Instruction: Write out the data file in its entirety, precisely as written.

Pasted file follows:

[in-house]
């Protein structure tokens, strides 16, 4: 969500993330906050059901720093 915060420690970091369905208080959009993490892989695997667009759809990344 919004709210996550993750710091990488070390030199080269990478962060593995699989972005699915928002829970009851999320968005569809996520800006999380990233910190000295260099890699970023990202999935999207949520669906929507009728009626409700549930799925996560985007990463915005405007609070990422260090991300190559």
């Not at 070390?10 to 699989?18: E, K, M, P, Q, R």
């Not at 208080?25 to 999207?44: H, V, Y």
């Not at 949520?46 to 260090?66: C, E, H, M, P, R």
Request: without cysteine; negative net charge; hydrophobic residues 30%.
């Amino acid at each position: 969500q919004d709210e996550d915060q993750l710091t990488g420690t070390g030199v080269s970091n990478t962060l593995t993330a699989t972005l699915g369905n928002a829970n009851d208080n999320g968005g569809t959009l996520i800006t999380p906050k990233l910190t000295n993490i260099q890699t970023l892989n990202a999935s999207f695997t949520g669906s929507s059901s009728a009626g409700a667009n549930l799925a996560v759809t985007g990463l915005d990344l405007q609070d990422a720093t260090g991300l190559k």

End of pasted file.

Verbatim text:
[in-house]
């Protein structure tokens, strides 16, 4: 969500993330906050059901720093 915060420690970091369905208080959009993490892989695997667009759809990344 919004709210996550993750710091990488070390030199080269990478962060593995699989972005699915928002829970009851999320968005569809996520800006999380990233910190000295260099890699970023990202999935999207949520669906929507009728009626409700549930799925996560985007990463915005405007609070990422260090991300190559």
């Not at 070390?10 to 699989?18: E, K, M, P, Q, R």
């Not at 208080?25 to 999207?44: H, V, Y």
């Not at 949520?46 to 260090?66: C, E, H, M, P, R």
Request: without cysteine; negative net charge; hydrophobic residues 30%.
């Amino acid at each position: 969500q919004d709210e996550d915060q993750l710091t990488g420690t070390g030199v080269s970091n990478t962060l593995t993330a699989t972005l699915g369905n928002a829970n009851d208080n999320g968005g569809t959009l996520i800006t999380p906050k990233l910190t000295n993490i260099q890699t970023l892989n990202a999935s999207f695997t949520g669906s929507s059901s009728a009626g409700a667009n549930l799925a996560v759809t985007g990463l915005d990344l405007q609070d990422a720093t260090g991300l190559k």